You bet stink bugs can fly. But it’s not as graceful as you might imagine. In fact, the flight of stink bugs is quite the spectacle, with a few surprises along the way. We’ll delve into their peculiar flying patterns, examine their uncanny ability to hitchhike and explore their other modes of travel.

    Plus, to help you better understand stink bugs, I explain the unexpected twist involving stink bug eggs, the insect’s foul odor, and a comparison to another notorious household pest.

    Stink Bugs and Flight

    Stink bugs, like many insects, are equipped with wings that fold neatly, forming a protective shield over their backsides. When they decide to take to the air, these wings unfurl, and off they go.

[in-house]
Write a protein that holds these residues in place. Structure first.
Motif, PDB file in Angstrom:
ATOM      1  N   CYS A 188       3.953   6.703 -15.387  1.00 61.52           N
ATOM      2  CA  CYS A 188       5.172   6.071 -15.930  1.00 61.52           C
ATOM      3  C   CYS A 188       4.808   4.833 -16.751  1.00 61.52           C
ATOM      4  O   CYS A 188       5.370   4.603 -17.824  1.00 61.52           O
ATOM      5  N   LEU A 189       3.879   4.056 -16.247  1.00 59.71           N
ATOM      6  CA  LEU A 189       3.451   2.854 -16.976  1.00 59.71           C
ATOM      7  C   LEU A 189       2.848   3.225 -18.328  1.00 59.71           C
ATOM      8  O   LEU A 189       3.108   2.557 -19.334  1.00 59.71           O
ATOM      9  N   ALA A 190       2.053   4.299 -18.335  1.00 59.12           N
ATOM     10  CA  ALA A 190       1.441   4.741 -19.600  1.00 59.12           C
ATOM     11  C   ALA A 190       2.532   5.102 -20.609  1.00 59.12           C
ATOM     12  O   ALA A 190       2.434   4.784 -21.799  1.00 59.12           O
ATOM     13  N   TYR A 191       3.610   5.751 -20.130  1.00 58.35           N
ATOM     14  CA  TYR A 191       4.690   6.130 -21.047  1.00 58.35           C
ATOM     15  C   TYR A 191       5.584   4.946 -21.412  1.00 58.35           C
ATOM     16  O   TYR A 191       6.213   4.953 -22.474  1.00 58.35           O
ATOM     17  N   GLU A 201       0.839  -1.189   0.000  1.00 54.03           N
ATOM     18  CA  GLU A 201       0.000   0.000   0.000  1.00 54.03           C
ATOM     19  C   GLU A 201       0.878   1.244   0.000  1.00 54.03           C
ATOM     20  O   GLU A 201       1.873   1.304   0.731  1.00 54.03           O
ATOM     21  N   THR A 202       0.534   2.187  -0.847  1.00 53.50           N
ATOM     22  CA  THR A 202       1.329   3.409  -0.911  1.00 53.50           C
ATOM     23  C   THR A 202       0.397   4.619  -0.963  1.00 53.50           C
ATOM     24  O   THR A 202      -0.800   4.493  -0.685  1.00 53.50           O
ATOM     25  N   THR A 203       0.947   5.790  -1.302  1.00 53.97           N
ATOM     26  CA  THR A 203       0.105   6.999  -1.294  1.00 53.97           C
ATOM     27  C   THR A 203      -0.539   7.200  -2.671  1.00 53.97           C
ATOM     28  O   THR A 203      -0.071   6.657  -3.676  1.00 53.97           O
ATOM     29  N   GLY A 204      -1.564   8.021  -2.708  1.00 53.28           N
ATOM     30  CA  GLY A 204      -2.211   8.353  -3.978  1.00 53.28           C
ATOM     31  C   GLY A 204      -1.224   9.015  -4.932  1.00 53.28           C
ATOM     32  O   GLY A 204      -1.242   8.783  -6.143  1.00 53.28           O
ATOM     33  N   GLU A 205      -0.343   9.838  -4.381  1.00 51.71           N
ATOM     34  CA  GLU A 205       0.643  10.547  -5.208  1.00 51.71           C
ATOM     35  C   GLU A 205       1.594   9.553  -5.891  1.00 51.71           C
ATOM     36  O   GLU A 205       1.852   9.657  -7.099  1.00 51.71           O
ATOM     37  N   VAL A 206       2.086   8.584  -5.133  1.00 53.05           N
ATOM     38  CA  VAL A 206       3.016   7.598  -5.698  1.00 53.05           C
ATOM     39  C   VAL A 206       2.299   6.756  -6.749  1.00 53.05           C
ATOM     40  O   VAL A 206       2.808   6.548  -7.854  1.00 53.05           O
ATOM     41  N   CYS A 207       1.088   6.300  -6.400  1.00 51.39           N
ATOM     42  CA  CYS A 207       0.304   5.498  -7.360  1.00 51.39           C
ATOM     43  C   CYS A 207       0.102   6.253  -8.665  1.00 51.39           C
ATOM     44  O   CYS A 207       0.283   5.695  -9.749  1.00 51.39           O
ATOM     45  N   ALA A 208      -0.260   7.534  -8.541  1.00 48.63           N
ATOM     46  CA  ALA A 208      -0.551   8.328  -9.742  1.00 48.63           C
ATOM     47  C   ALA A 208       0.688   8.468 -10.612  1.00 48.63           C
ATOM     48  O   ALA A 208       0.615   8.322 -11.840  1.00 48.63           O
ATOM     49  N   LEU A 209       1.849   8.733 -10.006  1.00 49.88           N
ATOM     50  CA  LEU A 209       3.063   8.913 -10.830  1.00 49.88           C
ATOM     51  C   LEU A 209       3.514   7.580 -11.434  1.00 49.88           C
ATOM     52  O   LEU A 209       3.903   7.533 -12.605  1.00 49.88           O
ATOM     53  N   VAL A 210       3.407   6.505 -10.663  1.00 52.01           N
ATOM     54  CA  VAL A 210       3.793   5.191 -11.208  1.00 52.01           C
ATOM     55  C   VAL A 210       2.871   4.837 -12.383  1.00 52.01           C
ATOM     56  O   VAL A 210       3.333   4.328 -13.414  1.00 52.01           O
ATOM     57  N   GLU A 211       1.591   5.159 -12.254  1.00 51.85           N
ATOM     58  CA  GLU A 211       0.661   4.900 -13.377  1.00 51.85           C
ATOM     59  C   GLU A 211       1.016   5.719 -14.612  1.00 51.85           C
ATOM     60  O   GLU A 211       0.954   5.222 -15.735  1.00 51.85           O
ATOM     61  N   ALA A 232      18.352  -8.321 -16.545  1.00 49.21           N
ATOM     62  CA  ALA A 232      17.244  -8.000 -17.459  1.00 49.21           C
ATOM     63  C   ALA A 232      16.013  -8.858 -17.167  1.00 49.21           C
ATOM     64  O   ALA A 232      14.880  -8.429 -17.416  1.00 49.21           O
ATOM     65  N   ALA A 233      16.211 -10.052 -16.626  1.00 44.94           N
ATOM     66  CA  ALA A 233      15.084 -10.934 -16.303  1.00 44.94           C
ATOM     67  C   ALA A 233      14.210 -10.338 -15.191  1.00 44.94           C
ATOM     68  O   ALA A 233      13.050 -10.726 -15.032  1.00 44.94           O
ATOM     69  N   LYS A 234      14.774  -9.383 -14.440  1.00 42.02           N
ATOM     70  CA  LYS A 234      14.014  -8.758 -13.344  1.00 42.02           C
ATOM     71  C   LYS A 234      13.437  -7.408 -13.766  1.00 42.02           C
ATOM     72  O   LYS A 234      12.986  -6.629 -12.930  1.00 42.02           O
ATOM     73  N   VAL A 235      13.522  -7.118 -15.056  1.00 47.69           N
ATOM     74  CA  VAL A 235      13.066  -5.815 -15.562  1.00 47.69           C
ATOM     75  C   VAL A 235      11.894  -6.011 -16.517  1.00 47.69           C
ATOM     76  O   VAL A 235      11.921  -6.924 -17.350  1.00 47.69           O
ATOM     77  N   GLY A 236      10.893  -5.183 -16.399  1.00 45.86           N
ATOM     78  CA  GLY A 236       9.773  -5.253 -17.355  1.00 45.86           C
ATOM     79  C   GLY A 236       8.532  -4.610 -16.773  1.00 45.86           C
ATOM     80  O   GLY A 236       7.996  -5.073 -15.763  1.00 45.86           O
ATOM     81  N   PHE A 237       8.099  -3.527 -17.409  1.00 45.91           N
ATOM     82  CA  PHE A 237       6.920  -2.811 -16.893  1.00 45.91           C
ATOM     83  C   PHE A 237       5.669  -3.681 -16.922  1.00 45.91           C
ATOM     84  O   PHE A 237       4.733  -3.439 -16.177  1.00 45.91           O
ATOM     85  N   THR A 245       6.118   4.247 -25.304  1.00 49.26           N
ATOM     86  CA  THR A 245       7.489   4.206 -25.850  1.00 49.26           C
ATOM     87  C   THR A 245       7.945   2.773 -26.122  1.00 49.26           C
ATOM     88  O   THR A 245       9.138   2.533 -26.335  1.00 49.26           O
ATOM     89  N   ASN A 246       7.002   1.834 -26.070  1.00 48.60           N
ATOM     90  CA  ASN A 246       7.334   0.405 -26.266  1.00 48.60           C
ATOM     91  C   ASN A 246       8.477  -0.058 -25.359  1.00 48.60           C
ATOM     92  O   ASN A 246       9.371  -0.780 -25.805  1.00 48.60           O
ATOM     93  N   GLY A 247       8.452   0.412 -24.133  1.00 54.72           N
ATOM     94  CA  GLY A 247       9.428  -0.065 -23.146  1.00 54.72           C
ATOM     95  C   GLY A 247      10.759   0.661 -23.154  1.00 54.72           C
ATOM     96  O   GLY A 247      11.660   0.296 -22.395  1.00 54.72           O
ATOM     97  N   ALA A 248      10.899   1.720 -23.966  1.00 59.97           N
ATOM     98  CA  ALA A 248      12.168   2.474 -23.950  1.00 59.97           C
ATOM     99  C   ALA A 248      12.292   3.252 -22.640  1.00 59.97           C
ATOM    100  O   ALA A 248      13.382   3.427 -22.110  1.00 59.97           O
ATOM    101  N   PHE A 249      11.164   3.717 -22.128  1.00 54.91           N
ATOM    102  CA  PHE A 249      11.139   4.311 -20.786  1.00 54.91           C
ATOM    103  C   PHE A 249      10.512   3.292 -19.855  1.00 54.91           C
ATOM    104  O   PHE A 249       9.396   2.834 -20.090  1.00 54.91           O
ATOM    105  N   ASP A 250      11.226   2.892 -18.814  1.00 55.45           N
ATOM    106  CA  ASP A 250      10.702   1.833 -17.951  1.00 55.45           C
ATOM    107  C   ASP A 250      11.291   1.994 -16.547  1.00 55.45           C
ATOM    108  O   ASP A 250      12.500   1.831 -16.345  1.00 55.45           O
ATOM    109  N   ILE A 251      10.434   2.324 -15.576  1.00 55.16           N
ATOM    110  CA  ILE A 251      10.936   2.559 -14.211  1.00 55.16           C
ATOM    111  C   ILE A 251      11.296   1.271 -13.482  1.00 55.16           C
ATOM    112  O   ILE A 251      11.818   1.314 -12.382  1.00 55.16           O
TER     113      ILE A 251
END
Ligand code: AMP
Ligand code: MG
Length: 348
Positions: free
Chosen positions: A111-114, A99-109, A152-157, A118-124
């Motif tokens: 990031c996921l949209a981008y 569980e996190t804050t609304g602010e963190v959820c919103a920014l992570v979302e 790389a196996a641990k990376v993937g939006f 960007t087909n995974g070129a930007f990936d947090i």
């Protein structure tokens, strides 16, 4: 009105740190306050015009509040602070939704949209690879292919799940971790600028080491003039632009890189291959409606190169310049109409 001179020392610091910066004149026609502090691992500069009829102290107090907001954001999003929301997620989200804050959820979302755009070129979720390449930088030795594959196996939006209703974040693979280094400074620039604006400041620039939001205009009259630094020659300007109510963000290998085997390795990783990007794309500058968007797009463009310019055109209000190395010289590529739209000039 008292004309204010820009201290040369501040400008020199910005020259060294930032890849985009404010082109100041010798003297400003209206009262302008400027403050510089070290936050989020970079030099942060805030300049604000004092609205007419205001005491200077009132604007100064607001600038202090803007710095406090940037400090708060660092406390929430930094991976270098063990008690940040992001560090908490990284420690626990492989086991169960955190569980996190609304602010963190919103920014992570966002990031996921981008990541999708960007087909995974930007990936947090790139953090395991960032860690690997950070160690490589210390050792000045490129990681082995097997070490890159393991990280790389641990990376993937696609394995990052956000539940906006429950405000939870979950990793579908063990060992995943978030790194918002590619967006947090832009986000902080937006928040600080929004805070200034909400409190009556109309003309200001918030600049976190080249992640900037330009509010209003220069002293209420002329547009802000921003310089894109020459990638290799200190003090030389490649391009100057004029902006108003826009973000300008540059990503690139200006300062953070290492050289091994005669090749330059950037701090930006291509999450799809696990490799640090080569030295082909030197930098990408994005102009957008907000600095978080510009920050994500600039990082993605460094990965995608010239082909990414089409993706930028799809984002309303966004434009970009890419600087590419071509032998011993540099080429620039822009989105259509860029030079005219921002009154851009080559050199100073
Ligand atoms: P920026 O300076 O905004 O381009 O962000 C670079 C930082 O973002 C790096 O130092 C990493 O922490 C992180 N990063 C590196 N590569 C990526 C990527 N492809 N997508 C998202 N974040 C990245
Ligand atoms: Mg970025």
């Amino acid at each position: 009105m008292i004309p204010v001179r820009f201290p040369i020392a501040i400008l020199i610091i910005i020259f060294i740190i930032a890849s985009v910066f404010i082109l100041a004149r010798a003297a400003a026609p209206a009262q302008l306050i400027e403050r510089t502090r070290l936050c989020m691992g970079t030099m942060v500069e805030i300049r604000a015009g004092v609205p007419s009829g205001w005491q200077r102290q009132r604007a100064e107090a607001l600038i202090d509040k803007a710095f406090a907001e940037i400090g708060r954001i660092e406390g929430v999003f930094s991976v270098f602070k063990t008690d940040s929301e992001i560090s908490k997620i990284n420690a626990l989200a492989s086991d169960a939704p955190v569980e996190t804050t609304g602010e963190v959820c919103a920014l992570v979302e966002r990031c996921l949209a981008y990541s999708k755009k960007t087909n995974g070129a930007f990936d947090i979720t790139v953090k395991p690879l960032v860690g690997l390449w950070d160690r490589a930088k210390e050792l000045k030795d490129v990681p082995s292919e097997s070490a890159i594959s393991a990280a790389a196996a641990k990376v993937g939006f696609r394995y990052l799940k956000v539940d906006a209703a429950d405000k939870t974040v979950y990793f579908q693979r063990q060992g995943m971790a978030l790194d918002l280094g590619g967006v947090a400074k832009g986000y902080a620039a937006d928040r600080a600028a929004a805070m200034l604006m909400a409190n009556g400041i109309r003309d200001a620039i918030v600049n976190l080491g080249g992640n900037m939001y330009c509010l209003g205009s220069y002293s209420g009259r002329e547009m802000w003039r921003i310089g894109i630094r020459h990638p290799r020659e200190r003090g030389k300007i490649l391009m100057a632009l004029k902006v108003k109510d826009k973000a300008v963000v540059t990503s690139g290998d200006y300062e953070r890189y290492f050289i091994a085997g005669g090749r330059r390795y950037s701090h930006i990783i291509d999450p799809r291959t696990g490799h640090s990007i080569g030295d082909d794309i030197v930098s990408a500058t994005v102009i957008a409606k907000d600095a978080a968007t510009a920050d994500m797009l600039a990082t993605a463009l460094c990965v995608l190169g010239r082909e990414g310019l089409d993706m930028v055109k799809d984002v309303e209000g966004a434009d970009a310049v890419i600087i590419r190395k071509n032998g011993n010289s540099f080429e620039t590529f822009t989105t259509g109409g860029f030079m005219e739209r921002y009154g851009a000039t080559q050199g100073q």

However, their flight is far from graceful and silent. Those wings are relatively bulky and awkward, creating a distinct buzzing noise during takeoff. The droning sound might even help you spot a squadron of stink bugs from a significant distance.

    But their peculiar flight doesn’t end with buzzing. Stink bugs appear to fly in seemingly random, erratic patterns with no clear purpose. Their flight path is often described as clumsy, awkward, and bewildering. It’s almost as if stink bugs take to the air for recreational purposes more than for efficient transportation from Point A to Point B.

    Now, let’s talk about the intriguing connection between stink bugs and bed bugs, as both are unwelcome household guests that homeowners need to be well-informed about if they wish to get rid of them.